Much Taboo About
York St John
Welcome and Executive Summary
Welcome to Much Taboo About Nothing, my Independent Research Project for my Masters in Community Music.
Much Taboo About Nothing was a response to my research questions, and a culmination of my work presented through a show in June at York St John University. The show itself focused on four main elements; music, disability, humour and identity. The idea behind this project stems from my personal experience of living with cerebral palsy and growing up to become the community musician I am today. Much Taboo About Nothing is an arts-based research project comprised of this online portfolio, following the show in June. It documents the research procedures and outcomes undertaken and developed throughout.
Much Taboo About Nothing brought musicians with disabilities together to find out what the challenges and barriers are that they face when engaging with the music industry, and what support can be put in place to alleviate some of these challenges. Through arts-based research, the challenges, barriers and support needed are documented through this online portfolio.
The theoretical frameworks that helped shape this research were the notions of identity; including personal and social identity, the meaning and development of taboo; specifically disability taboo, and the many models of disability that have contributed and helped define disability within society today.
This arts-based research project included a one night evening show - Much Taboo About Nothing - and a set of songwriting sessions with a group of young people (Music Spark - Ausome) with autism. The aim of these sessions was to write a song based around disability taboo, and for it to be performed at the show. The show featured the band Ausome, and Kris Halpin, a disabled musician and practitioner, as well as myself.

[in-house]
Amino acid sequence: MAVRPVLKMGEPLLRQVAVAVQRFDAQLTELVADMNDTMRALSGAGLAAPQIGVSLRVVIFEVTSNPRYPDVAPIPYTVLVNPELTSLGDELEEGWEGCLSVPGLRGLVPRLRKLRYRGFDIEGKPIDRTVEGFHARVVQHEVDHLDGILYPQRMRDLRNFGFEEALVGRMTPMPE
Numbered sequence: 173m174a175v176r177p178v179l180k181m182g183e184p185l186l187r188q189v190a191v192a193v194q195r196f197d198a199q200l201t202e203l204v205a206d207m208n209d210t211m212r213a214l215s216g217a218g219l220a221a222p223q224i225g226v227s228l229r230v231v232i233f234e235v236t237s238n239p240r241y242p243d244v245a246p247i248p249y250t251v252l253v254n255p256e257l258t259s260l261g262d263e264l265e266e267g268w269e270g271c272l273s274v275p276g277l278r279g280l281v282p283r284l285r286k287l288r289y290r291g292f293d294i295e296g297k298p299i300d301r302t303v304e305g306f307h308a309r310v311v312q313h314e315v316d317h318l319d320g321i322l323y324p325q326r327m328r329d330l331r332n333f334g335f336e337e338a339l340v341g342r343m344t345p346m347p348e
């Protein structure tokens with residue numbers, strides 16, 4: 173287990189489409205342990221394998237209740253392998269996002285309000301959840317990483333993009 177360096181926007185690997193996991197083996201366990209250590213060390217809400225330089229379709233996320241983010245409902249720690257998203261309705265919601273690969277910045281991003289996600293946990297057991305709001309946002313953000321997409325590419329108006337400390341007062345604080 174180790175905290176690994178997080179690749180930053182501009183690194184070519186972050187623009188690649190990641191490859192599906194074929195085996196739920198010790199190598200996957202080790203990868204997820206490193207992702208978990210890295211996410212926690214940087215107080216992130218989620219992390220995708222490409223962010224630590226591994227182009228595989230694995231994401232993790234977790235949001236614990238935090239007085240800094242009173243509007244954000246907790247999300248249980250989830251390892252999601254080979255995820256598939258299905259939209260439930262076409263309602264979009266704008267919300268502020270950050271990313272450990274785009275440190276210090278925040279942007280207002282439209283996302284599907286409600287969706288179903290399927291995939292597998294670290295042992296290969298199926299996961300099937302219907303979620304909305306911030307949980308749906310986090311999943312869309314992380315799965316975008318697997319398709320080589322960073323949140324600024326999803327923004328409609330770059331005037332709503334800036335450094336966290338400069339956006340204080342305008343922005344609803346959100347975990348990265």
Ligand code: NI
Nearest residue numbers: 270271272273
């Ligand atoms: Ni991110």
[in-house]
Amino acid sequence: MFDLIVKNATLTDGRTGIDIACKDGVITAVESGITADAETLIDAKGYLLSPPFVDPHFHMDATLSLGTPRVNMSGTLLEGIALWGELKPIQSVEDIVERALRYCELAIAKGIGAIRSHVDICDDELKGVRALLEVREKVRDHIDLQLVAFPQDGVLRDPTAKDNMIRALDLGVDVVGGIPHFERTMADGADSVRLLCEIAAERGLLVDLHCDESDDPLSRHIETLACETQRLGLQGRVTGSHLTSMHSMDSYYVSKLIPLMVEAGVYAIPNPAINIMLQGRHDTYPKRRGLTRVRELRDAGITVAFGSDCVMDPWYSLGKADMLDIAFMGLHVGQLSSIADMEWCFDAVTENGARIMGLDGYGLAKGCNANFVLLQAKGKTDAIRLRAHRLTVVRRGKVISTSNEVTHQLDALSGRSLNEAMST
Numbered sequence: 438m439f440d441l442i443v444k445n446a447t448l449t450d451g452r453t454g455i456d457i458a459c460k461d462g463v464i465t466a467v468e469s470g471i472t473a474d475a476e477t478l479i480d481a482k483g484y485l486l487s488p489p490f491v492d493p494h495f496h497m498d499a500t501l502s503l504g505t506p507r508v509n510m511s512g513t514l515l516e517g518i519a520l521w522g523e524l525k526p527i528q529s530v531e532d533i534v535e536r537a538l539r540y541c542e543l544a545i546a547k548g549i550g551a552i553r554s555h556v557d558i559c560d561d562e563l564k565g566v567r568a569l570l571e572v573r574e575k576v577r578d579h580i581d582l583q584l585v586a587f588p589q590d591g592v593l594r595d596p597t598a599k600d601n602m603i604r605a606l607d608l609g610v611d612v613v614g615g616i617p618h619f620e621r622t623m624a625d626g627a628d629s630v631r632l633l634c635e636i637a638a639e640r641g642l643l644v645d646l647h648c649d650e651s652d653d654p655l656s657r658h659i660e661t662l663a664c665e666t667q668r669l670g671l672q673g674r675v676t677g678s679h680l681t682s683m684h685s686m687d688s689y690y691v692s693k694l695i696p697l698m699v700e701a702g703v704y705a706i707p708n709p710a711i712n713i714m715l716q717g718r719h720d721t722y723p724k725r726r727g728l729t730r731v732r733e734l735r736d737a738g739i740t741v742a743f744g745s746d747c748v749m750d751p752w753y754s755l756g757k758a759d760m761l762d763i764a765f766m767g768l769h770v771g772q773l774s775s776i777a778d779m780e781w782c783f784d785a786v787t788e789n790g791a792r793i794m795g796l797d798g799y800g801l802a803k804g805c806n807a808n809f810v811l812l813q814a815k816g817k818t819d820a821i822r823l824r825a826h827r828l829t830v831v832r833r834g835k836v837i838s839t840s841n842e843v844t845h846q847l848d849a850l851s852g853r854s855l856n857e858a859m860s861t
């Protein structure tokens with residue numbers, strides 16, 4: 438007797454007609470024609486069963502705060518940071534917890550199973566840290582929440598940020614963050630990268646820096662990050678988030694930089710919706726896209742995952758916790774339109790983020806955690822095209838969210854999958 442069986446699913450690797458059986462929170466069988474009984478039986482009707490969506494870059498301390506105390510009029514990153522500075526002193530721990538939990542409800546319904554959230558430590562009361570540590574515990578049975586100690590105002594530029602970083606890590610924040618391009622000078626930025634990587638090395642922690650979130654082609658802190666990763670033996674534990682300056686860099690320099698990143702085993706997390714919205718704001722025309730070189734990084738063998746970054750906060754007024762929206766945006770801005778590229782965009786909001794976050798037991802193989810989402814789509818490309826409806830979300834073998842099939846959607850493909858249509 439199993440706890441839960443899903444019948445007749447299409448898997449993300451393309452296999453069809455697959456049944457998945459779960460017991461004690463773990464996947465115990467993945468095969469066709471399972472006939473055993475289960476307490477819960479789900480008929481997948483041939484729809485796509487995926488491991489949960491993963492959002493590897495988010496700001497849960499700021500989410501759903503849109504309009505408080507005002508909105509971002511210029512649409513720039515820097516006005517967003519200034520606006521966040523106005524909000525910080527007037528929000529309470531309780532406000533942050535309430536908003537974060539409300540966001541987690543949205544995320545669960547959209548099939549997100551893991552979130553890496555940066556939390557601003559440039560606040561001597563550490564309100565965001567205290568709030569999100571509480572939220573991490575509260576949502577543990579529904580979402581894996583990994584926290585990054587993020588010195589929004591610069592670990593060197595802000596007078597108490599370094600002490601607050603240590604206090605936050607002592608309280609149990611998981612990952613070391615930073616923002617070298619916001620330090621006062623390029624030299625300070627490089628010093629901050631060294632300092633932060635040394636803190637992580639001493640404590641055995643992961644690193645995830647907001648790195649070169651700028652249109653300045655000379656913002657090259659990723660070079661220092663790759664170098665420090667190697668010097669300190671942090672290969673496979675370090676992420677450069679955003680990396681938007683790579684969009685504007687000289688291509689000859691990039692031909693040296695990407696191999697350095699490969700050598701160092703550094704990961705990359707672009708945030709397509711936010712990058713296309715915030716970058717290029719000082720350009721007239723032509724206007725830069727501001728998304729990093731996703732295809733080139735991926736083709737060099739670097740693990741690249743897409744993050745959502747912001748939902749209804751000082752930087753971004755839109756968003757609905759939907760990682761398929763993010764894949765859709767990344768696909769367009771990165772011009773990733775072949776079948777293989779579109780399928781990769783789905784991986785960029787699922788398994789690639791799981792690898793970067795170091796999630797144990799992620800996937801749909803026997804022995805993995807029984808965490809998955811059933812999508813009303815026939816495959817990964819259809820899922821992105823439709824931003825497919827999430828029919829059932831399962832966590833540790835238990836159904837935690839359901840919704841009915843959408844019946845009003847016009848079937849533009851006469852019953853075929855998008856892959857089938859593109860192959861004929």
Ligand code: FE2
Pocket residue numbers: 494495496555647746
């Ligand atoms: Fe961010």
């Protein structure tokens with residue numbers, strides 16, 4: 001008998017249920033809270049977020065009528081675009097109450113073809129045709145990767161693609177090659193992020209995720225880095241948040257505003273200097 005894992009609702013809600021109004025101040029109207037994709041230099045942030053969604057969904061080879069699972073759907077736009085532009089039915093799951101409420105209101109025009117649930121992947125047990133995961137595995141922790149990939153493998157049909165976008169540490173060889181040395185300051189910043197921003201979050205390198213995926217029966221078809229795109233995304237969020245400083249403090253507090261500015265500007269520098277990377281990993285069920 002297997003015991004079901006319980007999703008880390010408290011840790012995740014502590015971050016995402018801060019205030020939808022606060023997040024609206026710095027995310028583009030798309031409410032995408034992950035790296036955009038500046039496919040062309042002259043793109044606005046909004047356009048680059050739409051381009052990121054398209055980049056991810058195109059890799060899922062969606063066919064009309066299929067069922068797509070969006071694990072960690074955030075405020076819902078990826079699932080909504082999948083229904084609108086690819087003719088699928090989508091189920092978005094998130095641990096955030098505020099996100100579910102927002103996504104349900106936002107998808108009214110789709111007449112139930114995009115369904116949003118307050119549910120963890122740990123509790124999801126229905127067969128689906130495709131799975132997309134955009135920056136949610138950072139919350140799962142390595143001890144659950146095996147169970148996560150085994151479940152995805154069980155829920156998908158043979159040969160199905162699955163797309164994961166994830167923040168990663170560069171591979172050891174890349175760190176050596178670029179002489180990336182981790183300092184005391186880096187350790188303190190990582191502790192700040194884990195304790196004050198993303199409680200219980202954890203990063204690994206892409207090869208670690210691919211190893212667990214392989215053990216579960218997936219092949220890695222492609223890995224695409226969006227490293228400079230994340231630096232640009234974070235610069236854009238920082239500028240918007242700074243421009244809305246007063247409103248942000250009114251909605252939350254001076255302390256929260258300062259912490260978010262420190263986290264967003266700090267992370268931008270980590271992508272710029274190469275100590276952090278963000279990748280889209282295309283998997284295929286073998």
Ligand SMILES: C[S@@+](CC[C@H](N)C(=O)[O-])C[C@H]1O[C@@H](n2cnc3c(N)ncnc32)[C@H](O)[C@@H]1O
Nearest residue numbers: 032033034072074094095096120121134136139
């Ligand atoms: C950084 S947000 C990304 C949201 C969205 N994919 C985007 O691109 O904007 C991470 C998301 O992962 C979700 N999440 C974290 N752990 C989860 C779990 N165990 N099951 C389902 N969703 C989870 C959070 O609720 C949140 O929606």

After the show itself was complete, the artists fed back to me the challenges that they have faced and the barriers that have prevented them achieving their full potential in the music industry.
The key findings of the whole process are listed below:
Access - The initial barrier for those with physical impairments is that of gaining access to venues, for example, for rehearsals and performances.
2. Mental Health - Not much specialist support is around for musicians with disabilities struggling with mental health and more support needs to be about to prevent a compromise to artists health and well-being.
3. Autism - For artists with autism, and to make the performance run smoothly it is important that the structure of the day is known beforehand and there are minimal changes to the day. This reduces anxiety levels, which many people with autism can have.
4. Cerebral Palsy - For people with Cerebral Palsy, fatigue from travel, set-up, performance and pack-down can impact their level of performance. As mentioned above, access can cause some challenges for those with physical challenges associated with their cerebral palsy, as well as speech difficulties.
5. Performance - Disability was a key theme throughout Much Taboo About Nothing and for the promotion of the event, it was hard to decide whether or not to mention disability as this may have caused an impact on the audience attendance. It is hard to promote an event without some mention of disability as it plays a part in the performers identity. Mentioning disability can make people shy away from performances due to various reasons, such as the taboo around it and whether they’d get the standard of musicianship they are use to with non-disabled musicians’ gigs
6. Identity - How we are perceived by society and the music industry and sector, can impact on how well we can do what we do as artists. If the main focus is on disability, then our full ability, primarily as musicians, is overlooked and we do not get the same opportunities abled-bodied musicians do.